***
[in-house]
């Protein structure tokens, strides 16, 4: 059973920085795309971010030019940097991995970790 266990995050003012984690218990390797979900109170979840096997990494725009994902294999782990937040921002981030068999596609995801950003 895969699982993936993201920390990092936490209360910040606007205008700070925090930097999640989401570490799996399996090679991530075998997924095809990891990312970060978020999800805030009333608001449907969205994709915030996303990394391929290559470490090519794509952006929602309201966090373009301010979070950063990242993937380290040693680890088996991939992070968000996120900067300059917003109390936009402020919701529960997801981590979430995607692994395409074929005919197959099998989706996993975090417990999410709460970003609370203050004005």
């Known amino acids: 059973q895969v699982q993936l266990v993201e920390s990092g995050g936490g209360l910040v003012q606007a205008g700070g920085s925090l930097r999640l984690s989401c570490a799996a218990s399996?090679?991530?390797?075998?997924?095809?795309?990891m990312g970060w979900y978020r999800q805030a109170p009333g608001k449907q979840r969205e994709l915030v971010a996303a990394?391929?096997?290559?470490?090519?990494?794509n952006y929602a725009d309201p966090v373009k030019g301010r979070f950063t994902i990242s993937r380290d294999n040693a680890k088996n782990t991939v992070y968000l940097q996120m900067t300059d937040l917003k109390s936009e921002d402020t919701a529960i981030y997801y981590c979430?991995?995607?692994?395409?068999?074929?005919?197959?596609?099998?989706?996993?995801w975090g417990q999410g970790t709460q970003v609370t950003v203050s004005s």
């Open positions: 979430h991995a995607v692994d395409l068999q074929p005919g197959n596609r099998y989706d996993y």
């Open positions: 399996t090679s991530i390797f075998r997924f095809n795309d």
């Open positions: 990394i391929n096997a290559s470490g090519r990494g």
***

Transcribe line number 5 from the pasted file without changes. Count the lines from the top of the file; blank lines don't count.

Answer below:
């Open positions: 399996t090679s991530i390797f075998r997924f095809n795309d």